Two whites were jailed this week and a third charged after engaging in rare acts of civil disobedience to protest the South African government's policy of banning critics of apartheid.
Jacqueline Bosman and Ilona Kleinschmidt entered prison yesterday to serve sentences of four and three months for refusing to answer police questions about their visit to a banned friend, Winnie Mandela, a longtime foe of apartheid.
David Russell, an Anglican priest who is banned, attended the synod of his church in Grahamstown, several hundred miles from his home in Cape Town. Russell's banning order requires him to be in his house each night after 6 p.m. He was charged Monday with violating a banning order, an offense that carries a maximum three-year sentence.
The three protesters are unusual for their willingness to go beyond verbal protest against the government's practice of banning. Although many whites, especially English-speaking, say they disagree with banning, few take direct action to challenge it.
About 150 people, mostly blacks, are presently banned in South Africa, according to the South African Institute of Race Relations.
A banning order is meant to prevent a person from normal social intercourse so that he cannot influence others. Most banning orders prohibit the individual from speaking to more than one person at a time and from attending a "gathering." A banned person's movements are usually confined to the magisterial district in which he lives.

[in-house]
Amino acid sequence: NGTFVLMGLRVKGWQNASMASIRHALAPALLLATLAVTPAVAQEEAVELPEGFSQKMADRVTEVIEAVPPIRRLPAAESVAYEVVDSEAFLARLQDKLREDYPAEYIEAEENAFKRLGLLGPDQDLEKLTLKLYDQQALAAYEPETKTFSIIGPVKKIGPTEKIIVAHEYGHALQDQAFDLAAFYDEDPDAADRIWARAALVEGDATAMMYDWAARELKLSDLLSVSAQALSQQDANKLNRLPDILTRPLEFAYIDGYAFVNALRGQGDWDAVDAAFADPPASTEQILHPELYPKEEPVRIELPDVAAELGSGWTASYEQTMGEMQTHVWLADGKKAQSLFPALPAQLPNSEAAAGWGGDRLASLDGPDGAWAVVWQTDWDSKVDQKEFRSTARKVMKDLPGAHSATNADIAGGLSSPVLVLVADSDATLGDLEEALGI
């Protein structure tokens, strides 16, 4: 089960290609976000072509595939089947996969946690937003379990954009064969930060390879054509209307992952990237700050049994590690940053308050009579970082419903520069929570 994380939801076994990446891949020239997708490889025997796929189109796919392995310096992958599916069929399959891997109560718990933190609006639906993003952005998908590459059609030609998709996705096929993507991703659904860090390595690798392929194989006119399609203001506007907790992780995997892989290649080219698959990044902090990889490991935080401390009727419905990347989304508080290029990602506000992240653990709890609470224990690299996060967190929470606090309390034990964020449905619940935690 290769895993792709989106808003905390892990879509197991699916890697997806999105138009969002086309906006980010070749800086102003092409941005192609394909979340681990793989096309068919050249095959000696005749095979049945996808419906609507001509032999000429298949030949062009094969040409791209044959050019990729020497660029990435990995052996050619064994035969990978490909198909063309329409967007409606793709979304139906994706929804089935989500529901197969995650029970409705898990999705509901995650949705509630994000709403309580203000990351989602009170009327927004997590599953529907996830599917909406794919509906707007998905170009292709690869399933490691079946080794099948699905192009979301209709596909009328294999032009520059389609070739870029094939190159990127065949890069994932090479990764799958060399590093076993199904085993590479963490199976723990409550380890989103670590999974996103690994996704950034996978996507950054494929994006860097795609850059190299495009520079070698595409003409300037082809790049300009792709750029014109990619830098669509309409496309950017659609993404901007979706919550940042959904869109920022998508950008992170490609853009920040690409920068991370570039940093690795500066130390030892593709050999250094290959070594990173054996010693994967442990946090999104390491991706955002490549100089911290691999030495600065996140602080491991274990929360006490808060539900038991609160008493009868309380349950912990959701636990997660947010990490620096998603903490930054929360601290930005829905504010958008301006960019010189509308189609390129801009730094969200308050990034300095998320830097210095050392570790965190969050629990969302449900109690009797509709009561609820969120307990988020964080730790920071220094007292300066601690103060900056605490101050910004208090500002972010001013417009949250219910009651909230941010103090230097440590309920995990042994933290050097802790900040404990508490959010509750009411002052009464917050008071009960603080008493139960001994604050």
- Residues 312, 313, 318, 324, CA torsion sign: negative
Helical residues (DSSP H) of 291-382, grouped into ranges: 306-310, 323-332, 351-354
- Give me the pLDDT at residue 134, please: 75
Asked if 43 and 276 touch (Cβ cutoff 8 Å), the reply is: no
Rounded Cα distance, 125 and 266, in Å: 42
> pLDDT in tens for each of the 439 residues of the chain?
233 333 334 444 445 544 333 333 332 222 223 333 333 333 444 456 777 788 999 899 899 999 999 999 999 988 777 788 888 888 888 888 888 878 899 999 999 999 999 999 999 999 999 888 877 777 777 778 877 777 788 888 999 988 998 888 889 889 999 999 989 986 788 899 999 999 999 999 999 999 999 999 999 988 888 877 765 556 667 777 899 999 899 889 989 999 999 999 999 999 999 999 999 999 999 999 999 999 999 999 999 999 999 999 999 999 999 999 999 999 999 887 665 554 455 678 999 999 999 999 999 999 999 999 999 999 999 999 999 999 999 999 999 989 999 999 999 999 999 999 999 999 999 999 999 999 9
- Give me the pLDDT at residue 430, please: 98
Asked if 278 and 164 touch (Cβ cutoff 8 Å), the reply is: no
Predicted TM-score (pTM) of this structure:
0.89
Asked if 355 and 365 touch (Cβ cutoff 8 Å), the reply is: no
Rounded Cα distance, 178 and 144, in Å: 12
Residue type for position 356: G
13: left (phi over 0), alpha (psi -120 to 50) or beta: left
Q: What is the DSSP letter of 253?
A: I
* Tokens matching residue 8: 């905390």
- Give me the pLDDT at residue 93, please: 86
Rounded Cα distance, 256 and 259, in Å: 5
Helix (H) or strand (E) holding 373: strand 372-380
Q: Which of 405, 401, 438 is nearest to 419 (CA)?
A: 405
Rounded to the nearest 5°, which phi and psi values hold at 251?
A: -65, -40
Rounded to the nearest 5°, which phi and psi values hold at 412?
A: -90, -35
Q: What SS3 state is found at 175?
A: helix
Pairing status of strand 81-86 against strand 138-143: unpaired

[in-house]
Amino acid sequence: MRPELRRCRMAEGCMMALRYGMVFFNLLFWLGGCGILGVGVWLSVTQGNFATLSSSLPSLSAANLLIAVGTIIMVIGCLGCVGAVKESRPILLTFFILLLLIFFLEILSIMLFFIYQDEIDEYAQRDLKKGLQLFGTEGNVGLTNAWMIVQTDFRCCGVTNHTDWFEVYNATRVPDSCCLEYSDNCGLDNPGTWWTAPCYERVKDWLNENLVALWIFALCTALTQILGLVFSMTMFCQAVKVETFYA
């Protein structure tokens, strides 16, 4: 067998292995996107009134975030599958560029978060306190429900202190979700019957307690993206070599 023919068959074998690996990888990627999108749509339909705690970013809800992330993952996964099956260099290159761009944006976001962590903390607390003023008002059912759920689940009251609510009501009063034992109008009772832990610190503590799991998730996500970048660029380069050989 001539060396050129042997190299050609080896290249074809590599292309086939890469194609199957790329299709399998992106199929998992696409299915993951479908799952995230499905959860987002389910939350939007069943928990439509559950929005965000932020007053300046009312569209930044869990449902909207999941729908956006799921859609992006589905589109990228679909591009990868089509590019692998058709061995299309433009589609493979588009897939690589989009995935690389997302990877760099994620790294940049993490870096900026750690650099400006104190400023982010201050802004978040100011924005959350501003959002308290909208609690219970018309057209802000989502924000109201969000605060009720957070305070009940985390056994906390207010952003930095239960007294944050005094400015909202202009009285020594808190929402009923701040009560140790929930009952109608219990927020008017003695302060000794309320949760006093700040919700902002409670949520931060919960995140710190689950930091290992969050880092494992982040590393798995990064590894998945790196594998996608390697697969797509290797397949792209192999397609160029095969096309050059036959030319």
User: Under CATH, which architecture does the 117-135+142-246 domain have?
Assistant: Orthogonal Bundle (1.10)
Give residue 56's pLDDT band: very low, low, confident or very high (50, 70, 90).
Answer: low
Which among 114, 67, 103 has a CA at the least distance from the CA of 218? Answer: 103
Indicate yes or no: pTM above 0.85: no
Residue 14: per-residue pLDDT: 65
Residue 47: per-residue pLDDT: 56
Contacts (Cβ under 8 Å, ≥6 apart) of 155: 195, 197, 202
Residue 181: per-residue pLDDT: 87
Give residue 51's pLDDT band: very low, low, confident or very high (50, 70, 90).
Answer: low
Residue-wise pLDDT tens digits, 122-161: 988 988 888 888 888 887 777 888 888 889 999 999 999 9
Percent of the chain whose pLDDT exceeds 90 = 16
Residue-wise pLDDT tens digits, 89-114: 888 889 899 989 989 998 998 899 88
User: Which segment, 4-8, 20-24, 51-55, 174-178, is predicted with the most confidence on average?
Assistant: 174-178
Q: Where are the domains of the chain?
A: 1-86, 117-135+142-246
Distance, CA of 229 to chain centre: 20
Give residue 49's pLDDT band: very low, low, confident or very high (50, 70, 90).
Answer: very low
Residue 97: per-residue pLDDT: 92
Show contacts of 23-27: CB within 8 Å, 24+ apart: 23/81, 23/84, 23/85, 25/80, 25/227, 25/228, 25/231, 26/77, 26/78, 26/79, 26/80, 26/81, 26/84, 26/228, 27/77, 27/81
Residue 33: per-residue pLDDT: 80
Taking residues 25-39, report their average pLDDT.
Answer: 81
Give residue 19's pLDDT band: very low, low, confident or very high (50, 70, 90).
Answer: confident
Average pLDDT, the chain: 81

Banning orders are imposed by the minister of justice on the recommendation of the police and cannot be contested in court.They are generally used against people whose political attraction and leadership are noteworthy. Many prisoners released from Robben Island, South Africa's most notorious political prison, are banned in an apparent attempt to stop them from telling others what conditions there are like.
Russell, who was given a standing ovation by white and black churchmen at the synod for his defiance of the banning order, said in a telephone interview, "It was a religious protest. It's a statement of belief that we banned people ought to question the whole matter and should no longer go on being our own jailers without question.
"The whole process of banning is so unjust. The only way to cease being silenced is by taking the kinds of risks to make a statement about what banning means.
"We are normal people, not fanatics who need to be silenced. To silence dissent is one of the most potent prescriptions for violence in any society.
"If enough banned people decided, 'enough,' I think we could start making a powerful statement," said Russell, who ministers to black migrant workers.
Last November, Russell was charged with three counts of violating his ban, imposed in October 1977. His trial on those charges has not been completed.
The priest's action comes at a time when black-white tensions are ripping at the multiracial fabric of established churches. The churches are responding by reassessing their roles in a society that condones legalized discrimination. Part of this reassessment involves a growing official church support for acts of civil disobedience to apartheid.
Bosman, a graphic artist, and Kleinschmidt, a legal secretary, both refused to answer questions from police and a magistrate about their visit to Mandela because their statements could be used in a case against her. They were convicted of contempt of court.
Two other white women who visited Mandela earlier served one month in prison for refusing to answer questions about a visit to her.